Continued care at OSF Children’s Hospital

While waiting for a transport team to arrive to take Laura to OSF Children’s Hospital, Janessa placed intravenous lines in the baby’s umbilical cord to administer medications and fluids.

“We were able to go ahead and obtain all the lab results that the Neonatal Intensive Care Unit team at Children’s Hospital would need,” she said. “It allowed her care to continue to progress while the transport team was en route. When they arrived, they placed her on a special cooling blanket for the transport to Children’s Hospital, to keep her body temperature in the desired range, protecting her brain and organs.”

Amanda’s husband and in-laws went to Peoria to be with Laura at Children’s Hospital. Amanda, who had yet to even hold her newborn, was able to have a televideo visit with Laura and connect with the providers at Children’s Hospital.

“That provided me some reassurance being able to at least see her,” she said.

Still recovering from the caesarean, Amanda was released from OSF St. Joseph within 24 hours after having Laura. “My OB was very generous,” she said.

Family reunited

Amanda holding baby Laura for the first time after the 72 hour cooling process

Amanda arrived at Children’s Hospital around 9 p.m. Wednesday, December 27. Fifteen minutes after arriving, Laura was taken off the ventilator and was breathing on her own without any issues.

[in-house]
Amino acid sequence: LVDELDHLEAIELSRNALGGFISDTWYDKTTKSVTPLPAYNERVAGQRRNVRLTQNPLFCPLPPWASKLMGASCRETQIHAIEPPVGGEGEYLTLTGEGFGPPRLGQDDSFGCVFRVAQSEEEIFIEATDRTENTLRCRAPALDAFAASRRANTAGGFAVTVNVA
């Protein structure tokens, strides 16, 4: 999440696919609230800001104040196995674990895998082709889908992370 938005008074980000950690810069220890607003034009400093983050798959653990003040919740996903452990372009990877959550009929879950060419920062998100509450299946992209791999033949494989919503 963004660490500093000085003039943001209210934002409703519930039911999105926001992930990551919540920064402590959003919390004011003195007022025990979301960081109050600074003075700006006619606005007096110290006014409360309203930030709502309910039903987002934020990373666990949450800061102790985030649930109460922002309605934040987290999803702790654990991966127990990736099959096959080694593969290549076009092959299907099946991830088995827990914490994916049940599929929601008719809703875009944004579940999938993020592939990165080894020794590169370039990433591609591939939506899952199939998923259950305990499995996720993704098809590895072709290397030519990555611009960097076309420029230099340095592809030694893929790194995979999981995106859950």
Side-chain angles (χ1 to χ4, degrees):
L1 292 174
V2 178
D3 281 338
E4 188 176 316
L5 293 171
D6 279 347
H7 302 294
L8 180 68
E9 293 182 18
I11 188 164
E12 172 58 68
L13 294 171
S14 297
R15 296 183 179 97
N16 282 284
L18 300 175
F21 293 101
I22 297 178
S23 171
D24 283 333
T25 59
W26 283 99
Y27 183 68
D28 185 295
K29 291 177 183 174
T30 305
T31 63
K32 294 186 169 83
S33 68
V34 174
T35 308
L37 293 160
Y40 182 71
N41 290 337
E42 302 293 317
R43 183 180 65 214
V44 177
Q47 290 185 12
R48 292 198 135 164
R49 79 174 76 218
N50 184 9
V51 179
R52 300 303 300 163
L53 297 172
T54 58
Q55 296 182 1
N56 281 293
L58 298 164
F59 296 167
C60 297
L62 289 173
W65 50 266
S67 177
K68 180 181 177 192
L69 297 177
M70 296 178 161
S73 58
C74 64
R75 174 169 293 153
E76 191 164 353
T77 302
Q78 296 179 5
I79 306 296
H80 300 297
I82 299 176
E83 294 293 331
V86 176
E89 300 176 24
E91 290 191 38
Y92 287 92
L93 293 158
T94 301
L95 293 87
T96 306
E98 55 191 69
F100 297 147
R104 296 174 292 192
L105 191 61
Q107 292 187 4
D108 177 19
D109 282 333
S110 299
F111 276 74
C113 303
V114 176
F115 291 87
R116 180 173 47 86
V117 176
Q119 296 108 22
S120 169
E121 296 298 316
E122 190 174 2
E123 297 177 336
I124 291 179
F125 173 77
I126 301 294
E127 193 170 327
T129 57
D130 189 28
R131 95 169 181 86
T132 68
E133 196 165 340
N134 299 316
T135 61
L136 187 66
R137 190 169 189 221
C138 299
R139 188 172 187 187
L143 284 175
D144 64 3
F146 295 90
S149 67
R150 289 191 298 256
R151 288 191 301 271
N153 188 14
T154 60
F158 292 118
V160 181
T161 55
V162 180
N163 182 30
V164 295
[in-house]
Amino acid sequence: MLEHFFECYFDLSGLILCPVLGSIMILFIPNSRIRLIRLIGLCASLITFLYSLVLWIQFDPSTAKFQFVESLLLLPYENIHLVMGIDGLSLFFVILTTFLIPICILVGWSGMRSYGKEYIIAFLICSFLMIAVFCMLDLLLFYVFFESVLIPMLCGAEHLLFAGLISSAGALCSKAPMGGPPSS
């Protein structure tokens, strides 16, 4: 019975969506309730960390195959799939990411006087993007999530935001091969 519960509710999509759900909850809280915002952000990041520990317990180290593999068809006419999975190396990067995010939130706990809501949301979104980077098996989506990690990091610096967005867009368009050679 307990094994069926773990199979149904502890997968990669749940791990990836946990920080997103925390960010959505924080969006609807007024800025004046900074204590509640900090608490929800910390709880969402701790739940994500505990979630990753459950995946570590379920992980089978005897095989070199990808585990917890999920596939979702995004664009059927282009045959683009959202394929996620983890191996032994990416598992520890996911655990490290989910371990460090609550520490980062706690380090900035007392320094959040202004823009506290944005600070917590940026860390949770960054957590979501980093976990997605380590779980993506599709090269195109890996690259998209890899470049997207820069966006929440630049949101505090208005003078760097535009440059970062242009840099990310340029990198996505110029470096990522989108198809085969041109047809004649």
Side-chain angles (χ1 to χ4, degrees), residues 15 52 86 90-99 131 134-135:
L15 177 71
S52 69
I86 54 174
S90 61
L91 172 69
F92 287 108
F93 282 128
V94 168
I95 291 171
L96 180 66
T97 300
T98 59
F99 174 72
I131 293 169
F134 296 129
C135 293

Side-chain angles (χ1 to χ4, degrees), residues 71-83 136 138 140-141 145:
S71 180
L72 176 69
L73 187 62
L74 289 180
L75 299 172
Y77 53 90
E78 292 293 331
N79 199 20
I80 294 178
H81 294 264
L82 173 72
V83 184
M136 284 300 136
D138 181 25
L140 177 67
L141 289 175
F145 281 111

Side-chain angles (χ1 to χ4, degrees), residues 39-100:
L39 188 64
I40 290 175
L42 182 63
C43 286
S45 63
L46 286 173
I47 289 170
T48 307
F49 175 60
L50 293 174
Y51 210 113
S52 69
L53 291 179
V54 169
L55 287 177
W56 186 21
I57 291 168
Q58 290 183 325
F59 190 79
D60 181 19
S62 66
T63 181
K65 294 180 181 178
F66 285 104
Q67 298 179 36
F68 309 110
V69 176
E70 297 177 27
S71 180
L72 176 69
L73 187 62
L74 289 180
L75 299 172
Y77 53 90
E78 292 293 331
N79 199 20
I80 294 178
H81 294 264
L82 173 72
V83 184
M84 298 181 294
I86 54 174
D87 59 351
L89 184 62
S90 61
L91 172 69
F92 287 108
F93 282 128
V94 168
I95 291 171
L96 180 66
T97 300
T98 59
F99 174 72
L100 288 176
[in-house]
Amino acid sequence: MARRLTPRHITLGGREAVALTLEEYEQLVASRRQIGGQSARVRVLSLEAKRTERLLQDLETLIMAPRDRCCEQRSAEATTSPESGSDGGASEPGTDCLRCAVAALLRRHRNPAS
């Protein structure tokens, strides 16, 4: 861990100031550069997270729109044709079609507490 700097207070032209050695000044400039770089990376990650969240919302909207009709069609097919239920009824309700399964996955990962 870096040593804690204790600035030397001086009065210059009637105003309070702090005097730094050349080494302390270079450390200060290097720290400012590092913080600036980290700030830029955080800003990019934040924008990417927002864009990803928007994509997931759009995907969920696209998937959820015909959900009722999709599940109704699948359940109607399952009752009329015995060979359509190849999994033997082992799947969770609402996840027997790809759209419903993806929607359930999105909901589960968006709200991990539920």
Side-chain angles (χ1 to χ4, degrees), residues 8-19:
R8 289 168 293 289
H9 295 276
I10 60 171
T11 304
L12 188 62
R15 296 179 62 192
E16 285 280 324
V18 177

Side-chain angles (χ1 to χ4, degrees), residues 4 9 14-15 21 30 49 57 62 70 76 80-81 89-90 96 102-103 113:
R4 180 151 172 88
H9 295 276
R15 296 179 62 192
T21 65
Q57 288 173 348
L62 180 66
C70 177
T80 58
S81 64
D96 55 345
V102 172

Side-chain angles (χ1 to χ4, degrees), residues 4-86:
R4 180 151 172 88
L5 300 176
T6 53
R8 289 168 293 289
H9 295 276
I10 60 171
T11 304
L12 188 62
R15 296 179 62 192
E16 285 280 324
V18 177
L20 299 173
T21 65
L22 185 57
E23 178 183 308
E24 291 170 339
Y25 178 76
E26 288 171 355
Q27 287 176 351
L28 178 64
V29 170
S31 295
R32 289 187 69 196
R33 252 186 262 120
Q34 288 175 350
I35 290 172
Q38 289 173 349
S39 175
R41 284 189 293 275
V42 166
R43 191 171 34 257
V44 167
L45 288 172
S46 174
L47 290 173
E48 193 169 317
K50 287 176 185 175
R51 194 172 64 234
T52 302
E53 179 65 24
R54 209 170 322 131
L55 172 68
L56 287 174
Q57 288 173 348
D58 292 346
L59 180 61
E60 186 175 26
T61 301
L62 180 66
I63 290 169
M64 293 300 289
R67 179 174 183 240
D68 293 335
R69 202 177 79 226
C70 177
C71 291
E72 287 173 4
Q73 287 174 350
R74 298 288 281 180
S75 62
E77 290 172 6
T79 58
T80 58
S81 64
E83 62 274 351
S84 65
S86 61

“Up to that point, I hadn’t got to hold her,” Amanda said. By Saturday, her body temperature was being brought back up as she was monitored for any sign of seizures.

“I’m so thankful St. Joseph had the neonatology staff – I wasn’t aware they had added that,” Amanda said. “They started the cooling process in Bloomington, if they didn’t have those neonatology experts, they would have had to wait until they got to Children’s Hospital.”

Janessa said Laura completed her three days of cooling without complications and was able to go home without any noticeable issues from her dramatic birth. Laura will continue to be watched by developmental specialists, who monitor to make sure she is meeting her milestones on time.

Amanda said Laura is doing great, all thanks to the “amazing team” with OSF HealthCare, and in particular, Janessa who made the decision to start the cooling treatment immediately while still at OSF St. Joseph.

“I’m so glad Laura continues to do well. She is absolutely darling,” Janessa said. “It was my pleasure to be able to take part in her care.”

About Author: Lisa Coon

Lisa Coon is a Writing Coordinator for OSF HealthCare, where she has worked since August 2016.  A Peoria native, she is a graduate of Bradley University with a degree in journalism. Previously, she worked as a reporter and editor at several newspapers in Iowa and Illinois.

She lives in Groveland with her husband and son. In her free time she likes to cook, bake and read. She freely admits that reality TV is a weakness, and she lives by the quote, “The beach is good for the soul.”

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Categories: Birth & Maternity, Kids & Family, Patient Stories